Guide to the Right Dog Harness

If you’ve been walking your dog with a lead-and-collar combo, you might want to consider adding a harness into the mix. Whilst harnesses are not technically essential to the daily walk, they do redistribute the localised pressure associated with lead-and-collar connectivity. Walking with only a leash increases the risk of choking, and in a worst-case scenario, your dog may sustain health issues such as a collapsed trachea. Harnesses are also great for big dogs in terms of comfort and restraint.

There are different kinds of harnesses on the market, and your dog’s needs should dictate your purchase. Read our guide to picking the perfect harness for your pooch.

For the non-pullers

If you’re blessed with a dog who doesn’t pull (or perhaps you trained them to be that way), then the vest or back-clip harnesses are both great options. Vest harnesses fit like a glove—or, well, like a vest—and slip on and off like a jumper. They are the comfy choice and won’t strain beneath the armpits (or whatever the dog equivalent is. Legpits? Front legpits?). If you would prefer a back-clip harness for your non-puller, ensure to fit it like you would a collar: snug to the fit, but with two fingers’ worth of room to move.

Non-puller harnesses: the vest harness (left) and the back-clip harness (right).

Non-puller harnesses: the vest harness (left) and the back-clip harness (right).

For the pullers

Here’s where harnesses are more crucial. They’re not merely accommodating comfort; they’re also being used to train and restrain. If you have a pulling dog, thankfully, you have options. No-pull harnesses come in a few different designs, but there is a point of difference to separate them into two different camps. There are the no-pull harnesses with a front clip and those with clips for the front and back. 

Image via: Stylish Hound

Regardless of the variation you choose, both harnesses feature lead attachments at the chest, as opposed to the base of the neck or along the spine. To a pulling dog, feeling this tension along the back activates their oppositional reflex, which is a dog’s natural instinct to pull away. (This is common in dogs lacking adequate levels of training.) The no-pull harness is like a pair of arms hugging your dog’s chest, holding them back from rapid forward movement. It allows you to regain control.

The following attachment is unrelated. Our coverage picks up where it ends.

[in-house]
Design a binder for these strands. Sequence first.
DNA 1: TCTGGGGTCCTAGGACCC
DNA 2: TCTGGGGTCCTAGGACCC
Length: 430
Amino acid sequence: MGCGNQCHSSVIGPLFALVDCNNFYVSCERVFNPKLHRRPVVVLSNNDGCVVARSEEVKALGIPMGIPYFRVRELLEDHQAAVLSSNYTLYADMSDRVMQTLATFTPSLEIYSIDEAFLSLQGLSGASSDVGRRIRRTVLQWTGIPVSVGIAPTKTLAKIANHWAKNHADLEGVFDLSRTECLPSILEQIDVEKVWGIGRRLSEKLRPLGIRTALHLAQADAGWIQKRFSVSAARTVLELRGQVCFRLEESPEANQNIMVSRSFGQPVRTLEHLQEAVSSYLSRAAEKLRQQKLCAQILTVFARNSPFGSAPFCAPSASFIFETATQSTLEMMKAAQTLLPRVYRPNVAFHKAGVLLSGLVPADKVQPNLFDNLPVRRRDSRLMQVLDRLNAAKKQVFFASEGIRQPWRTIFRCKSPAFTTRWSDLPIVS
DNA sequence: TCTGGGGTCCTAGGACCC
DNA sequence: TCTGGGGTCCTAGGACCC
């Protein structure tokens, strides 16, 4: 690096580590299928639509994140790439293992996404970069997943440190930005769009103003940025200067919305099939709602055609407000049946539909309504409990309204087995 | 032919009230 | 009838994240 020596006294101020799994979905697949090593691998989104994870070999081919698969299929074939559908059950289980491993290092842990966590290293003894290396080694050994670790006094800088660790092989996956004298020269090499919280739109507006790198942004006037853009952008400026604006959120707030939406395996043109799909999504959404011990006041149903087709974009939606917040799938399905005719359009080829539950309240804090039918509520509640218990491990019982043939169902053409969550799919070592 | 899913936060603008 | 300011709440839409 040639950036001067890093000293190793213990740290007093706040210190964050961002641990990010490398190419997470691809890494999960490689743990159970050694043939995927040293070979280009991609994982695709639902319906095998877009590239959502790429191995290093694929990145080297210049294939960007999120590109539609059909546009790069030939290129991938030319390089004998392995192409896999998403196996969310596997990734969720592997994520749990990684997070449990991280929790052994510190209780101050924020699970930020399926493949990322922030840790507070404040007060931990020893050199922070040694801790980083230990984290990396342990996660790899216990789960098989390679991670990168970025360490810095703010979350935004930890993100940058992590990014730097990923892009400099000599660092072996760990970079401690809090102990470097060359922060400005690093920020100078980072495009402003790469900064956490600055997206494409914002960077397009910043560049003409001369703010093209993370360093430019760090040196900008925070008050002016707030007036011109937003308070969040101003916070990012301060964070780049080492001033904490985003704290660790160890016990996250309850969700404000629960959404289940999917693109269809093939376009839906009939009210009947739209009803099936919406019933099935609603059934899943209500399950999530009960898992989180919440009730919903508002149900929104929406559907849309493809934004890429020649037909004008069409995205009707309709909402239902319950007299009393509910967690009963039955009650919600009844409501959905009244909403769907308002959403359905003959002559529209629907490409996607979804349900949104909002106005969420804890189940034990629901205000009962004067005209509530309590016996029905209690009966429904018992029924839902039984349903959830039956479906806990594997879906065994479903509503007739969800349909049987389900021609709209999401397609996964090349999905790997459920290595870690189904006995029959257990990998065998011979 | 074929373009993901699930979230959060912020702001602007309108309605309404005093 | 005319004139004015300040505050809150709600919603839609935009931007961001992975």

No-pull harnesses with clips at the front and the back can allow for a better fit. Some dogs don’t wear the harnesses well—they dangle too low at the chest. You can fix this by holding the harness’s loop to the collar’s loop, and then clipping them together with your leash. Please note that these variants may strain or chafe beneath your dog’s ‘legpits’ (that’s the term we’re sticking with).

For turning things up a notch

Sometimes, the no-pull harness won’t do its job. That’s not to say the harness is poor-quality; that’s to say that harnesses aren’t always a cookie-cutter solution. Your dog may be larger than the average bear, Boo-Boo. Your dog may be more reactive, poorly trained, or just very strong. For whatever reason, you may need something stronger than the traditional no-pull harness. That’s where head halters come in.

Head halters are the most effective harnesses because they are, in essence, friendly Facehuggers*.That’s an exaggeration, but fasten one of these beauties behind the ears, clipping it onto the leash attachment ‘neath the chin, and your dog is at your mercy. Why? Because you’re hugging their face—aka your dog’s most sensitive body part. These harnesses also rest around the snout, but please note they are different from muzzles, which restrict mouth movement.

To harness or not to harness?

We recommend you do harness the power of the…well, harness. They are a great investment in canine comfort and safety for all involved (and surrounding). Now that you have the low-down on the different varieties, we hope you can make an informed decision that will work best for you and your pup. Go out there and get harnessing!

Waleed Khalid

A professional writer and a passionate wildlife enthusiast, who is mostly found hooked to his laptop or in libraries researching about the wildlife.

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